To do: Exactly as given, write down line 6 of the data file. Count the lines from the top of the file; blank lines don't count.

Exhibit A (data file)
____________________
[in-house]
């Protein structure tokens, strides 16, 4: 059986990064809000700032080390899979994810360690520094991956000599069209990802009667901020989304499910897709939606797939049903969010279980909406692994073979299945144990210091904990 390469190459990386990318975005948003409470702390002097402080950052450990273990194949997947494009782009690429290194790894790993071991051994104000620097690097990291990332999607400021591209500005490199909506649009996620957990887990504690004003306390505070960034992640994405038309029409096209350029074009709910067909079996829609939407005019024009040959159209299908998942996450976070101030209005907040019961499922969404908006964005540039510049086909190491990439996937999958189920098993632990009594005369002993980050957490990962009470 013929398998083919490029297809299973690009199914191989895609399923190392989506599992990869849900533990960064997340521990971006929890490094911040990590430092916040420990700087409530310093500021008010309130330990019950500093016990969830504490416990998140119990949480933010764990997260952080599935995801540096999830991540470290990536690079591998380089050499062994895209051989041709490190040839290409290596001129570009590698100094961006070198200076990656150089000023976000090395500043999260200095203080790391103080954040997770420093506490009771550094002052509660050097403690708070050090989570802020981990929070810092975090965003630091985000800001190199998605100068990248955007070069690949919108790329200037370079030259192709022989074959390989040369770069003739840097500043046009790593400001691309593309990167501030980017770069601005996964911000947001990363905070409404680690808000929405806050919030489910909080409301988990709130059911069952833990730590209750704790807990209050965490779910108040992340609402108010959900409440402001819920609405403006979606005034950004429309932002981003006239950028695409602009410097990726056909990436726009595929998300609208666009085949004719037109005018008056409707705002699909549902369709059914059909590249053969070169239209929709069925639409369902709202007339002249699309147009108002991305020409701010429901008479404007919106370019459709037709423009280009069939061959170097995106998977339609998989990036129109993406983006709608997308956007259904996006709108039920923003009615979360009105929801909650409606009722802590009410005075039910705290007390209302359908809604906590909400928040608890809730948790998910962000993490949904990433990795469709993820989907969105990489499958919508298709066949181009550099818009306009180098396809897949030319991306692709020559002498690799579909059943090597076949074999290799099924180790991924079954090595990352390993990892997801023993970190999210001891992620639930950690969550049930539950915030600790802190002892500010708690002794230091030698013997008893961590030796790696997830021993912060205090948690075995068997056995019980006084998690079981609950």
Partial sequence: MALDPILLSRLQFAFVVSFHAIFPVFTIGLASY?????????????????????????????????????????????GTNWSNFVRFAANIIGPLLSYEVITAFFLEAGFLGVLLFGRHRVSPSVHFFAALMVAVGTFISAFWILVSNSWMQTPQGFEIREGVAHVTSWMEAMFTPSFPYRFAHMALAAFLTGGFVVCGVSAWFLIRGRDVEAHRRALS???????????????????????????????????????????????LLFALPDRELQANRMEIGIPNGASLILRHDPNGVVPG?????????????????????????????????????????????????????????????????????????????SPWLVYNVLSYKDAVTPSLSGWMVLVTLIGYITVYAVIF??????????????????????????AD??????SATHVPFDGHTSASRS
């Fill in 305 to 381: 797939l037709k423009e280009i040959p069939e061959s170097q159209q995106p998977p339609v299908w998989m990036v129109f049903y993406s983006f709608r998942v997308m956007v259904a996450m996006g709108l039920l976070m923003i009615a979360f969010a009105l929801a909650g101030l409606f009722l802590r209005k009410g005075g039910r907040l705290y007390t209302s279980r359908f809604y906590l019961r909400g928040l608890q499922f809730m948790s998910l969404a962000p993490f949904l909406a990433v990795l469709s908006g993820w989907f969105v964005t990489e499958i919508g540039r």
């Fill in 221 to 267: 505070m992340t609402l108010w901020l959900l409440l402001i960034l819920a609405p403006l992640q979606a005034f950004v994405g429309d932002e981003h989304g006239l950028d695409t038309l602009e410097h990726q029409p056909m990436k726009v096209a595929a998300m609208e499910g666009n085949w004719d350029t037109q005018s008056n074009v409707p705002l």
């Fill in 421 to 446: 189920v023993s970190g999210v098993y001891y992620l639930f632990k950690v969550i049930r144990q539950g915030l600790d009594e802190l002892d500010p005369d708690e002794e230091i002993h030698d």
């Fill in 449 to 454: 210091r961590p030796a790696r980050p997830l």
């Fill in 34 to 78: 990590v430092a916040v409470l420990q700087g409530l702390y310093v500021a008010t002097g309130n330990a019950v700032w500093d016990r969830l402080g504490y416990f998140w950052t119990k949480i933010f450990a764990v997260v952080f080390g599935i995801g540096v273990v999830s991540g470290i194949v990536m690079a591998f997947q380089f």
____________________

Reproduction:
């Fill in 421 to 446: 189920v023993s970190g999210v098993y001891y992620l639930f632990k950690v969550i049930r144990q539950g915030l600790d009594e802190l002892d500010p005369d708690e002794e230091i002993h030698d």